In Times of Tragedy, You Can’t Hide What’s Inside

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It’s been a tough week. West, Texas, the Boston Marathon, and countless lesser-recognized crises that didn’t even make the news. Honestly, it’s been a tough recent past. It seems that we are stringing together a series of really ugly tragedies. So much pain.

When everything is great, hypocrisy comes easy. But please notice how bad times have a way of bringing out whatever is inside us. This week, first responders in Boston are being heralded because they ran toward exploding bombs. Volunteer firefighters in Texas rushed to the scene only to lose their lives. Although there are only a few of these heroes, all over the country, whatever was inside of us came out.  Fear, anger, hatred; all of these are legitimate responses to the tragedies. Some run for cover while others run into the fire. Some get even more political and blame the “other” party. Some take advantage of the crisis and loot nearby stores. Whatever is inside comes out in times of crisis. You can’t hide it.

While you can’t hide what’s inside, I do believe you can change what is inside:

If your first response to bad news is giving up, pray for strength from God.

If your first response is revenge, pray for justice.

If your response is to cower in the corner or to panic or to lose control, pray for courage.

The problem with these responses? They offer no hope. No one is helped.

If your response is in any way anything other than hope-filled, God can help you.

The heroes of today are analogous to Christ. When humankind was in serious trouble, He came running, bringing hope. He was the First first responder.

Here is the bad news: another tragedy is on the way. Tomorrow or next week or next month something bad will happen. Make no mistake, the strong will rise to the occasion and make a positive difference. The weak will be controlled by the tragedy.

We need to be strong. God help us be strong in Your strength.

are you ready to respond to a crisis?

This is a great story that was in the news this week. What causes some people to respond in times of crisis? The actions of this 13 year old kid are amazing – and they are an excellent opportunity for us to consider and discuss why some people naturally react while others sit back and watch. I am in no way criticizing the other children on the bus – Jeremy Wuitschick acted so quickly that no one else even had a chance to respond. But I do wonder why and how there are so many people in the world who run away from danger or tragedy.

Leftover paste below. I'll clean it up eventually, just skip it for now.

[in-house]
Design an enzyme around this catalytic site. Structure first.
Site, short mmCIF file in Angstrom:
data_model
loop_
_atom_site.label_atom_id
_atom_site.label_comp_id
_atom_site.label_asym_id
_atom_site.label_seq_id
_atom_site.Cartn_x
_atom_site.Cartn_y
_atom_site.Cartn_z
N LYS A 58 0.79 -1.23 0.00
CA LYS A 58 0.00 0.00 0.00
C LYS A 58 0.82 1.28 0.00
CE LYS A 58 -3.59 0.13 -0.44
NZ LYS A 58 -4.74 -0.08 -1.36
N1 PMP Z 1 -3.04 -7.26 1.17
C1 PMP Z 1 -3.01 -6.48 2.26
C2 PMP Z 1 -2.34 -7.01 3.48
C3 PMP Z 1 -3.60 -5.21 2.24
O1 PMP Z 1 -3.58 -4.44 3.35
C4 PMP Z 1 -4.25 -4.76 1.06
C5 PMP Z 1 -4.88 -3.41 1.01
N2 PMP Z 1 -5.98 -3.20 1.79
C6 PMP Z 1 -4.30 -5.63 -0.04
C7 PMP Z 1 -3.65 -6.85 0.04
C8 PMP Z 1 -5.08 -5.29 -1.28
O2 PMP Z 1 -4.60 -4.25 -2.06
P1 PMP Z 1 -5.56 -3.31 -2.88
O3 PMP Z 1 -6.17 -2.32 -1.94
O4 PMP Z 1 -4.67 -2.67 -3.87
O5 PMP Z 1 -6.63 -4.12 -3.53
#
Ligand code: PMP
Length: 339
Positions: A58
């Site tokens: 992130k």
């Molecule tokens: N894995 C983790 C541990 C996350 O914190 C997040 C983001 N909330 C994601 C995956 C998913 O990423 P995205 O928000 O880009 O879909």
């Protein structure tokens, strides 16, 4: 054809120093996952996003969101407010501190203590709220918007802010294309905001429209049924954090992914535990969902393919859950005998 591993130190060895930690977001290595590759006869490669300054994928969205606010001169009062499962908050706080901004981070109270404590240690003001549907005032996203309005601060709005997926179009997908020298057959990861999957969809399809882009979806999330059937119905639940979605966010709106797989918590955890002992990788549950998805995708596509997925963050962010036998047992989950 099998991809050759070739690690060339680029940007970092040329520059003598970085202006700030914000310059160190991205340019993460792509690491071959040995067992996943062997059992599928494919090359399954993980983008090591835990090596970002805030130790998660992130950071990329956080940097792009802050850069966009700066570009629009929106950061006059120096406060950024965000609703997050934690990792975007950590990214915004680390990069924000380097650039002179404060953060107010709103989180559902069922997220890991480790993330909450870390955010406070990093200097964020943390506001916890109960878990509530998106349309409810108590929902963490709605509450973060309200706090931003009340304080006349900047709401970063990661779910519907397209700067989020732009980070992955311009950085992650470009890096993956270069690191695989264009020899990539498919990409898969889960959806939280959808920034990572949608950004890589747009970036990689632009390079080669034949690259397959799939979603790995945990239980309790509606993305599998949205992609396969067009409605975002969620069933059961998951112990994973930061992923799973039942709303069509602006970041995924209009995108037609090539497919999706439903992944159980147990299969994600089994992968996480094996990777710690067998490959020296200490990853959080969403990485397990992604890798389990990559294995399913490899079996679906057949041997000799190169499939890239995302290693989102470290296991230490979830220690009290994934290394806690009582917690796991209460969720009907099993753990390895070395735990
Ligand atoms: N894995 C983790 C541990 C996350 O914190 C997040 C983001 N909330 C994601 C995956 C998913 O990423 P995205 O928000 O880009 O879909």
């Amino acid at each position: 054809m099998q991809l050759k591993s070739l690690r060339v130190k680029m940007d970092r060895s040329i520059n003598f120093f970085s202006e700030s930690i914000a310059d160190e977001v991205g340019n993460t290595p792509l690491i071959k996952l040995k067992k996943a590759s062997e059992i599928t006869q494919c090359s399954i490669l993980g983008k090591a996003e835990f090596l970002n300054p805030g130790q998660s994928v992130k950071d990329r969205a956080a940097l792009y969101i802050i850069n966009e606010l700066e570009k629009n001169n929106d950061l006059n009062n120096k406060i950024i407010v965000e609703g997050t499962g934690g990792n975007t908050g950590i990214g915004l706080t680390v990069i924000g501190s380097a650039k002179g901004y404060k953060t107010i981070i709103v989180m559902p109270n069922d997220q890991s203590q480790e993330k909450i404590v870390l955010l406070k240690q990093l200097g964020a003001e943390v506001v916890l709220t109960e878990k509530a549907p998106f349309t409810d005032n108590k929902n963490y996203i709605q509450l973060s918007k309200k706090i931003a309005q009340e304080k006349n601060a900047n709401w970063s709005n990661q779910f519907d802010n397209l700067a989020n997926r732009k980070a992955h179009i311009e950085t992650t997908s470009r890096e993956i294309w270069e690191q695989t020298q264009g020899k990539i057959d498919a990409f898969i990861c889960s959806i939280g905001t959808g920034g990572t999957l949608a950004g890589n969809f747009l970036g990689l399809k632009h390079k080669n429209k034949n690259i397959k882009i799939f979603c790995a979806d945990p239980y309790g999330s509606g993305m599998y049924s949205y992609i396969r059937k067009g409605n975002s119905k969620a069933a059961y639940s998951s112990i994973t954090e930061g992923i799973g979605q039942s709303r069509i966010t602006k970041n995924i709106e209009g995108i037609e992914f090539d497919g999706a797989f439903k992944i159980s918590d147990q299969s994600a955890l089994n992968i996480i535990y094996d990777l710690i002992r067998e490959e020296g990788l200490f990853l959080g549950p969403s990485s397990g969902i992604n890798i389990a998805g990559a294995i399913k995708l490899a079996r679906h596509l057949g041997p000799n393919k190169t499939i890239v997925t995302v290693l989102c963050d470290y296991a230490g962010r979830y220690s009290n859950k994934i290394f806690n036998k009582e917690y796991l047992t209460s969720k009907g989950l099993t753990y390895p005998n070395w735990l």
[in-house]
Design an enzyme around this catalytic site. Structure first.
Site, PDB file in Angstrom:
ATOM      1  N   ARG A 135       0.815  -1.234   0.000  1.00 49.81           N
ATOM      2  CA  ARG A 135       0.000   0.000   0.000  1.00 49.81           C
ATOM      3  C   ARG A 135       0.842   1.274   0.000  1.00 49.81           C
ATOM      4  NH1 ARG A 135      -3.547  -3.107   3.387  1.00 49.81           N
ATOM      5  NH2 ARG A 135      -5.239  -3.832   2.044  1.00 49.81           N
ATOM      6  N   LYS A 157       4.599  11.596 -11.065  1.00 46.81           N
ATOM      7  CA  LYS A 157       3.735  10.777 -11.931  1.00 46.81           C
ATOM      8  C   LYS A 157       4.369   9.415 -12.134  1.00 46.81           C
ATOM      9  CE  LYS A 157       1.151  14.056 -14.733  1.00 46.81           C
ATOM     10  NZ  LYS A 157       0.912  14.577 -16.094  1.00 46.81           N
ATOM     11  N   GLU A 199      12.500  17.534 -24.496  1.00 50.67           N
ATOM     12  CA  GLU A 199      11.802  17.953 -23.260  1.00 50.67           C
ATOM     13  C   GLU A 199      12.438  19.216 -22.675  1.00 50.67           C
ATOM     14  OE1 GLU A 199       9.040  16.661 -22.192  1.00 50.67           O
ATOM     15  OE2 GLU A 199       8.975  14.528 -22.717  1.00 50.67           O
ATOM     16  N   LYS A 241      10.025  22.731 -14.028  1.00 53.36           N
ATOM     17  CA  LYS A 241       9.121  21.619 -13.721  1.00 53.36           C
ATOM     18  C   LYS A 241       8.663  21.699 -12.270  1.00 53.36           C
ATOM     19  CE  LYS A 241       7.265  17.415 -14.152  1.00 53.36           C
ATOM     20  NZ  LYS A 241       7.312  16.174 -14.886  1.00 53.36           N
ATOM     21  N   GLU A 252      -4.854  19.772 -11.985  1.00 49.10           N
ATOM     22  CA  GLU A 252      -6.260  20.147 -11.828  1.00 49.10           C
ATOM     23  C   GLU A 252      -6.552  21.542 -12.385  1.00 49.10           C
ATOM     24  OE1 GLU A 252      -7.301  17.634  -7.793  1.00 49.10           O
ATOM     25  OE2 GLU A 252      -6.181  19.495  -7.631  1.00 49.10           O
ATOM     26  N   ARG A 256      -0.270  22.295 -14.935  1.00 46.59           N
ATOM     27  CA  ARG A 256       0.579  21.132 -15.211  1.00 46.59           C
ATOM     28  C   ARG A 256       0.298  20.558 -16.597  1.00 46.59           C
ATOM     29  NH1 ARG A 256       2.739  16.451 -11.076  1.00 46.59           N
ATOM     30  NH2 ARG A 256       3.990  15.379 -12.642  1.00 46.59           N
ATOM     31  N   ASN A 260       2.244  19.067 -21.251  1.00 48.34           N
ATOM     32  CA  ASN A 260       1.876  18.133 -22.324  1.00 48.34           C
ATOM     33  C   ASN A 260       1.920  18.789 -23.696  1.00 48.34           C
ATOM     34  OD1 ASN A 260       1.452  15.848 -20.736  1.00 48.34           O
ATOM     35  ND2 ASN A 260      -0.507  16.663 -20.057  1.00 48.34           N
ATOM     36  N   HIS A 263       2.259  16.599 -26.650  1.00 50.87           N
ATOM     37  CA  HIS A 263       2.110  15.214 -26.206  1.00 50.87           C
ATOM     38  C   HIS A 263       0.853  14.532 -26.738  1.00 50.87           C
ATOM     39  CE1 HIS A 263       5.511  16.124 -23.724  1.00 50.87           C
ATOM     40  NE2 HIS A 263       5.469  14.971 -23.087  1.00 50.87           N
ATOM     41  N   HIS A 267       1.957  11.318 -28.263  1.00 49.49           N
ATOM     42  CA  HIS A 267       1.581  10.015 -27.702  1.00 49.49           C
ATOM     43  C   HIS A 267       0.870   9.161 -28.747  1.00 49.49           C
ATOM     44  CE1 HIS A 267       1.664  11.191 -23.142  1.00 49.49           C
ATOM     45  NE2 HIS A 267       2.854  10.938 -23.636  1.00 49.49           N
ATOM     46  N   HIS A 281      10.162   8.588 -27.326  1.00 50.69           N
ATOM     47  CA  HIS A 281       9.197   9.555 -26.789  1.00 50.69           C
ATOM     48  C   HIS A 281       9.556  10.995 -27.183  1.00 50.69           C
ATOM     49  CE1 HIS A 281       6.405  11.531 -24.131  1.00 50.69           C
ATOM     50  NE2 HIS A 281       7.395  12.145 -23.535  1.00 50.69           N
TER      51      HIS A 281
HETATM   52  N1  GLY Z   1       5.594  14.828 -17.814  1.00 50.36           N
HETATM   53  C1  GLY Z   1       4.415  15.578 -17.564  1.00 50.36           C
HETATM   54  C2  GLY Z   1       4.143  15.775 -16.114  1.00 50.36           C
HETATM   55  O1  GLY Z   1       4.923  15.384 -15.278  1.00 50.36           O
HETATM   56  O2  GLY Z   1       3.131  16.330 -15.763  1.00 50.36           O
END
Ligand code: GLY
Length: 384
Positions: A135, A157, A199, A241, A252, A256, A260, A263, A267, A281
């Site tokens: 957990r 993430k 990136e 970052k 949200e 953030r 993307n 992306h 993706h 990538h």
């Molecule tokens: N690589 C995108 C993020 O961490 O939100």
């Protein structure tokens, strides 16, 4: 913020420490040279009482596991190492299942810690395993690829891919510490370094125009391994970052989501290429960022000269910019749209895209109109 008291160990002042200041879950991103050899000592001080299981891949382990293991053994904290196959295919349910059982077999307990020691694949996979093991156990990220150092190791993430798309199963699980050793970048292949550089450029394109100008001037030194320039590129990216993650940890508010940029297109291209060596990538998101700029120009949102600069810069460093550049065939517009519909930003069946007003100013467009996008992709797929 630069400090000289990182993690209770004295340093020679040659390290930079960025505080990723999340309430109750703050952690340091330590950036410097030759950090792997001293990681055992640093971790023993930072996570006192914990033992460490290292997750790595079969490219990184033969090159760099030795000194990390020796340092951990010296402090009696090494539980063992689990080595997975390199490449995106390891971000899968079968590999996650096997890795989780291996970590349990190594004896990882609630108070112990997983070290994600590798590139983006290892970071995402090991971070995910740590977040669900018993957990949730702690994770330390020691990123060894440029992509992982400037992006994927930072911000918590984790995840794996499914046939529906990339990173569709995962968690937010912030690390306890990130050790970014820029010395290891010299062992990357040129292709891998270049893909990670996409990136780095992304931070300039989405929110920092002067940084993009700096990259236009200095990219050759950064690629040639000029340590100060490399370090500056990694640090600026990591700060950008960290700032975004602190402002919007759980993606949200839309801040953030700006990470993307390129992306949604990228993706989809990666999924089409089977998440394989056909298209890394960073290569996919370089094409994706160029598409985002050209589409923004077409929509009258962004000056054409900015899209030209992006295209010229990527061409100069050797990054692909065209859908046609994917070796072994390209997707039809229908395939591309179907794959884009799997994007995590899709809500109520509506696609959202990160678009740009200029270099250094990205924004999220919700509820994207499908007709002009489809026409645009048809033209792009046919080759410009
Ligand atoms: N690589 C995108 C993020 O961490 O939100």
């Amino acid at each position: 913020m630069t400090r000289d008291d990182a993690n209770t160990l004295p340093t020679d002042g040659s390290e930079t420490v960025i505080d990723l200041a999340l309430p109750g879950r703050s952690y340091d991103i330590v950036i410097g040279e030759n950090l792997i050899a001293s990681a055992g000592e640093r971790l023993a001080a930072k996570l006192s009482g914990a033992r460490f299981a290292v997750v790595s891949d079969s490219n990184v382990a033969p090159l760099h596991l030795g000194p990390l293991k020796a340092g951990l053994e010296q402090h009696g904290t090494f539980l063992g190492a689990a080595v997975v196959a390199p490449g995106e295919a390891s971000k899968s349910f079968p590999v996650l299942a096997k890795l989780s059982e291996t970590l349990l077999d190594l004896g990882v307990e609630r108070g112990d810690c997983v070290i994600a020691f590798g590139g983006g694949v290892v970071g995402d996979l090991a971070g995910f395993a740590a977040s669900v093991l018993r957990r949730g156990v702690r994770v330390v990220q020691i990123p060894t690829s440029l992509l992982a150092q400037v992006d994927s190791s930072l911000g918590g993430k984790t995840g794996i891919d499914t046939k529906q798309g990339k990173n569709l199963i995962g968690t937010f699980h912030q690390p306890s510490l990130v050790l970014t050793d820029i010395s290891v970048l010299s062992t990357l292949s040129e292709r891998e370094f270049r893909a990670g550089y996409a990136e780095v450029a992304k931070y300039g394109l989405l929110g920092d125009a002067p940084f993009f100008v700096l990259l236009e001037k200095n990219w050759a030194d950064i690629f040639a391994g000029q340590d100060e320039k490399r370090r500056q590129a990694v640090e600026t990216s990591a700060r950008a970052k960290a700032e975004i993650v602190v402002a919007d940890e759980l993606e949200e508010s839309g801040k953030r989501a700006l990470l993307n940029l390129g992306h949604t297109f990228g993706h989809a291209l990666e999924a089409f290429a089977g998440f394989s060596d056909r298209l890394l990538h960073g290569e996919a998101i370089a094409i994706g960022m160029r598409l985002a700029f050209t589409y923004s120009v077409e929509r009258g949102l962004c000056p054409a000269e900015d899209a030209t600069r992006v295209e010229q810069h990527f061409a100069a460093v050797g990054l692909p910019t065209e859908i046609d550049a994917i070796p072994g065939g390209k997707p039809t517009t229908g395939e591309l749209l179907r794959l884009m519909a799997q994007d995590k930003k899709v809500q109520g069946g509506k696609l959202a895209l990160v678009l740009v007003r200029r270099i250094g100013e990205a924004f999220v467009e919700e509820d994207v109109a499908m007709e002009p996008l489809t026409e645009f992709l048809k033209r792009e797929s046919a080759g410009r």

My observations about this boy’s actions:

There was no time to think about it or discuss it – he acted on instinct. There was something inside him that wouldn’t allow him to just sit there. Is this a trait that can be taught? Or is it something that, if nature does not provide it, we go without?

He was calm and collected when others certainly were panicked. Some are paralyzed by fear, others are motivated by it. Which is it for you?

Once the bus was stopped, he tried to help the driver (other video showed him attempting CPR). He didn’t even know CPR but he tried. Nerves of steel! By the way, the driver appears to be OK.

He wasn’t afraid of making the situation worse, of failing or of getting involved. He just acted. That kind of confidence is rare. I am guessing this kid has strong parents.

He said, “I didn’t want to die!” I’m not buying it. I think he didn’t want an entire busload of kids to die.

Listen, there are crises happening all around us. People are in trouble and hurting and dying. Most people just watch, or turn to look the other way. In so doing, they increase the likelihood that we will all be destroyed. Others wonder why no one is doing anything. Then there are a few Jeremys in the world who jump in to try to help. And sometimes the crisis is averted.

I am inspired by Jeremy. I hope I behave a little like he did.

Way to go, Jeremy. You saved a lot of lives along with your own. You’re a hero. I can’t wait to see what you do next with your life.